Snap Judgments (cont.)
Unlike last year, when the Texans played some of their best ball and mounted a season-ending four-game winning streak after being knocked out of realistic playoff contention, there will be no such late-season Band-Aid applied to Houston's record this year. The Texans have now dropped three in a row and seven of eight since starting the season a promising 4-2.
Looks to me like the Texans have decided to mail it in from here on out, judging from that stinker of a 31-17 loss at Tennessee, where Houston trailed 24-3 at halftime. The Texans woeful pass defense even made the Titans look potent through the air, giving up 164 yards and two Kerry Collins touchdowns in the first half. Maybe that Monday-night heartbreaker at home against Baltimore was the final blow Houston could endure this season without giving up hope.
None of this can be good news for embattled Texans head coach Gary Kubiak, whose job security has to be an issue that Houston owner Bob McNair must soon address -- one way or another.
That is one heck of a lumberjack beard sported by Bills quarterback Ryan Fitzpatrick these days. He looks like one of the Smith brothers on a bottle of cough syrup. I honestly don't know how he buckles his chin strap around that bird's nest. But it doesn't seem to throw off his passing, because Fitzpatrick and Buffalo went down to Miami on Sunday and handed the Dolphins yet another loss on their home field.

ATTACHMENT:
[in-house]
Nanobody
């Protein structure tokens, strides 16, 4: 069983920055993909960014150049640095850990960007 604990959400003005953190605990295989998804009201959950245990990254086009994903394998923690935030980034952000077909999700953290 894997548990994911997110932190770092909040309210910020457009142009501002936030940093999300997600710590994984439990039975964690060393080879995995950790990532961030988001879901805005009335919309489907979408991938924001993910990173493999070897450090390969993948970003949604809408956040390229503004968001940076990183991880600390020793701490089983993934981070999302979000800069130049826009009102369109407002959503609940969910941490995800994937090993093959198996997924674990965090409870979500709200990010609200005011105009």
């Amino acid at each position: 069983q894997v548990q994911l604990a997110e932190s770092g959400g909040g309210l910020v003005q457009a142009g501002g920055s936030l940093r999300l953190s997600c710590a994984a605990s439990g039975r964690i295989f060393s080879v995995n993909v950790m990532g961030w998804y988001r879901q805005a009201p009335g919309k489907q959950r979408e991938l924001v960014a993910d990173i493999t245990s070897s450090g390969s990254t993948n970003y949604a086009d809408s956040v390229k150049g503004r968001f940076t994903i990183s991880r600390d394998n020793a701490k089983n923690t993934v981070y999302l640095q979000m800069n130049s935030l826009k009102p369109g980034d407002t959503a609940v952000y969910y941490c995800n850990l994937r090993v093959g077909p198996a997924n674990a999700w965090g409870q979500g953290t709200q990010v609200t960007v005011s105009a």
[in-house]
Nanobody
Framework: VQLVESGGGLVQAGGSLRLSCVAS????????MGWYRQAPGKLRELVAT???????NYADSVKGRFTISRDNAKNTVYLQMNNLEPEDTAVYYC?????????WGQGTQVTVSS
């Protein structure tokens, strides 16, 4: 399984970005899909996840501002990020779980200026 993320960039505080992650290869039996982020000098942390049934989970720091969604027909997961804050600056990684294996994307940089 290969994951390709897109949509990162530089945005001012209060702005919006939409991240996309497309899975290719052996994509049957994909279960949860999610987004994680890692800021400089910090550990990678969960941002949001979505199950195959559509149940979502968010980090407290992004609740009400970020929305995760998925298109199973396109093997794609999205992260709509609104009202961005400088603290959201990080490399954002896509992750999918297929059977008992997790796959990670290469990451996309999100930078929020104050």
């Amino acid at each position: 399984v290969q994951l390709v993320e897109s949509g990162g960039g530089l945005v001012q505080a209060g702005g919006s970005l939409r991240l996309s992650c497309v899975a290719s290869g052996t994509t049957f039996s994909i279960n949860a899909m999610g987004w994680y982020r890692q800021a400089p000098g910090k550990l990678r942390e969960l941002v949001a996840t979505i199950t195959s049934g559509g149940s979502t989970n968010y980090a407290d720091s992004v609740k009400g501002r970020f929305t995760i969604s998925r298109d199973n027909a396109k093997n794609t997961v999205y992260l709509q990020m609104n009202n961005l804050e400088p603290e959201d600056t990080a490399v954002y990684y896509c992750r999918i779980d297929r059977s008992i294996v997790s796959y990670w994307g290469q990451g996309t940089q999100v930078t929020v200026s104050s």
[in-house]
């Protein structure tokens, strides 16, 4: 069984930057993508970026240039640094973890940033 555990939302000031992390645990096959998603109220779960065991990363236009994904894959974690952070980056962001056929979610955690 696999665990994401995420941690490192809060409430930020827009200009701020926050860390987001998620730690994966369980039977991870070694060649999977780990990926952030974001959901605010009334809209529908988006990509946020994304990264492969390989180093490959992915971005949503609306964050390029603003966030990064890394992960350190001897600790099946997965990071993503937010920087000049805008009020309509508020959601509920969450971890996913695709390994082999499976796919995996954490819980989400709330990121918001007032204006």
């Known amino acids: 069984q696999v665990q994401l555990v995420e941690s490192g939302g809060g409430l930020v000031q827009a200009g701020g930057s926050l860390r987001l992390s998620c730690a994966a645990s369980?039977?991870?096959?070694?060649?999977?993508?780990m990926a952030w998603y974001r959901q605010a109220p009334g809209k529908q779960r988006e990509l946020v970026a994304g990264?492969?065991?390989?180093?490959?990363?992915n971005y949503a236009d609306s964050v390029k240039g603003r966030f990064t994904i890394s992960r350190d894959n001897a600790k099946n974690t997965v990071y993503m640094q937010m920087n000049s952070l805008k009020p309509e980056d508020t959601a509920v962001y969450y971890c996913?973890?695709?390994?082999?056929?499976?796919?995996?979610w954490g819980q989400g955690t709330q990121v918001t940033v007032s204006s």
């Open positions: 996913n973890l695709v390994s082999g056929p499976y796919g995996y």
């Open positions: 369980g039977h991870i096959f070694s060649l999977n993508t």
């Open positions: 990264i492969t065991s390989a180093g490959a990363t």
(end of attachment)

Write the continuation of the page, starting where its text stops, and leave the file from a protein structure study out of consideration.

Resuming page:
How else could Miami's playoff hopes die this season but with a loss at home? The Dolphins dropped to 7-7 and out of the AFC playoff picture with a 17-14 loss to visiting Buffalo. Miami is now a staggering 1-6 at home this season, and 6-1 on the road.
When does a little heat start building under the fanny of head coach Tony Sparano in Dolphin-ville? He led Miami to that surprising 11-5 record and an AFC East title as a rookie head coach in 2008, but including their playoff loss to Baltimore at home that January, the Dolphins are a mediocre 14-17 ever since.
At first glance, it seems remarkable that the reliable Dan Carpenter missed all four of his field goal attempts in Miami's loss. Before Sunday, Carpenter was 28-of-34 on the season, and in his first two years in the NFL, he failed on only four field goals attempts in 2008 and three in 2009. That's just 13 misses in 2¾ seasons.
But I'm willing to cut the guy a little slack, given that his four attempts in this case were from 48, 61, 53 and 48 yards. No chippies there.
Does anyone anywhere think Mike and Kyle Shanahan have handled the latest Donovan McNabb benching the right way? The Shanahans were almost universally savaged by the talking-head set on the Sunday network pregame shows, and you can definitely sense the honeymoon is over for Mike Shanahan in D.C.
Between the clumsy way Mike Shanahan explained the first McNabb benching in Detroit, to the perception that Shanahan was at times needlessly trying to embarrass Albert Haynesworth this season, Shanahan's comeback season in the NFL hasn't been the smoothest of rides.
That said, you can't really knock the results of Washington's decision to start Rex Grossman over McNabb. Chicago's one-time Super Bowl starter tied his career high with four touchdown passes and he threw for 322 yards in the 33-30 loss at Dallas.
But Good Rex was of course offset at times by Bad Rex. He threw two awful interceptions, including one that ended Washington's frantic comeback hopes on the game's final play.